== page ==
At the same time, the assertion that things have been going wrong at Hogwarts isn’t wrong. There is no system in place to make sure that teachers are competent and non-abusive, as evidenced by essentially all teachers except McGonagall, Flitwick, Sprout, and Lupin. There also seems to be no one outside of Hogwarts checking that students learn the things they need to learn until the OWL examinations in fifth year at which point it is essentially too late to make up for significant gaps in knowledge.
Ultimately, school is not just supposed to provide education for the sake of education itself or for personal growth, it is also supposed to prepare children and young adults for adult life within the world. It’s supposed to foster essential life skills as well as prepare people for finding and practicing a profession. So of course society outside of the school itself and the state have an interest in making sure that schools actually do that.
There does seem to be a tool to keep an eye on what’s going on in Hogwarts even before Umbridge is made High Inquisitor in Order of the Phoenix, namely the Hogwarts Board of Governors. However, it only comes into play in Chamber of Secrets when Lucius Malfoy blackmails the other Governors into forcing Dumbledore to step down. JKR essentially portrays all attempts by outsiders to influence what is going on side of Hogwarts as negative and I don’t think that that’s accurate either in-universe or outside of it.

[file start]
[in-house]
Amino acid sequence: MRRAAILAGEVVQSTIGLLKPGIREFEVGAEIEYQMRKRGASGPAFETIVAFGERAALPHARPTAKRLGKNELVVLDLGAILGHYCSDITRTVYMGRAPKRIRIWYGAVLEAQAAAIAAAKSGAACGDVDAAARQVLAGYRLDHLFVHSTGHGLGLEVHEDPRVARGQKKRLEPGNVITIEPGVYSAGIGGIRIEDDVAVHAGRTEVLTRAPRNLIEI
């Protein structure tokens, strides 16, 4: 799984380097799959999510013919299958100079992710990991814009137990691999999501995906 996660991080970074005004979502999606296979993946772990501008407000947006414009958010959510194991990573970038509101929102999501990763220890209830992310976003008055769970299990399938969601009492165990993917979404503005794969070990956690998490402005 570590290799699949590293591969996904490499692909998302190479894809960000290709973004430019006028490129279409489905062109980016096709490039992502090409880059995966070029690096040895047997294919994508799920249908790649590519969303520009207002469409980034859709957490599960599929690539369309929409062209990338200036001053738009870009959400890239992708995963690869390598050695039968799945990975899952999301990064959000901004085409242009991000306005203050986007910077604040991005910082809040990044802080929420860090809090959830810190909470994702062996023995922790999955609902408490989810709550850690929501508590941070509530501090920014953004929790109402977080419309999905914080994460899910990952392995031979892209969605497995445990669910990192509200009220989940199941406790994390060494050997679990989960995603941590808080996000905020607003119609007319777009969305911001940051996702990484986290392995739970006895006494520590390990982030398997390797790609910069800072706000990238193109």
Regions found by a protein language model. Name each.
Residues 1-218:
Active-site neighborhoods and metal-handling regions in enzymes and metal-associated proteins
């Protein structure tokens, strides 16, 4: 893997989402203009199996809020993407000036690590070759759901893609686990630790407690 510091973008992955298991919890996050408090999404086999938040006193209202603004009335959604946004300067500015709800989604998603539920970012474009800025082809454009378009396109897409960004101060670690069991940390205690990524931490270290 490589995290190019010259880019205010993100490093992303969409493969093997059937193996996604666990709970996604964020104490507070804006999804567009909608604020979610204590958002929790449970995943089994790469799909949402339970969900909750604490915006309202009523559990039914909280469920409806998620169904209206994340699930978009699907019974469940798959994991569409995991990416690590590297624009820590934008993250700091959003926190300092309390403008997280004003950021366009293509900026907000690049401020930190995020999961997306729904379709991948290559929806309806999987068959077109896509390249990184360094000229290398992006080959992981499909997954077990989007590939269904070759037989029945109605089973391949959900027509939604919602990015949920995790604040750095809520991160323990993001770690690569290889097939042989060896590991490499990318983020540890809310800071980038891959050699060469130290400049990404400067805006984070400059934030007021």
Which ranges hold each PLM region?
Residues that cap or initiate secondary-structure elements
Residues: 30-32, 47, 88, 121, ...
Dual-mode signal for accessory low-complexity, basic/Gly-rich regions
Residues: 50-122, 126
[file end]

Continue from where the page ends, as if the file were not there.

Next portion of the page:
The Prefects, the Trio and Harry’s Angst
Another aspect of school life where Hogwarts is lacking from a system of essentially checks and balances is the prefect system. I didn’t originally get the point of it, probably because it is something that’s just deeply alien to me, but now I do. It’s the easiest way to keep the roughly thousand students that Hogwarts is supposed to have in check without burdening the teachers with additional responsibilities or hiring additional staff. Or at least I guess that’s the idea behind it.
Of course, that’s not how it turns out to be like in actual Hogwarts reality. On the one hand, prefects don’t seem to have any tools to make sure their authority is respected by their fellow students. Hermione has to threaten to write to Mrs. Weasley to get Fred and George to stop testing their sweets on fellow students in the common room because they don’t care about the usual punishments – detention and taking House points. On the other hands, there also seems no way to make sure that prefects take their position seriously and fulfill their responsibilities or don’t use their powers to bully other students, like Draco Malfoy does.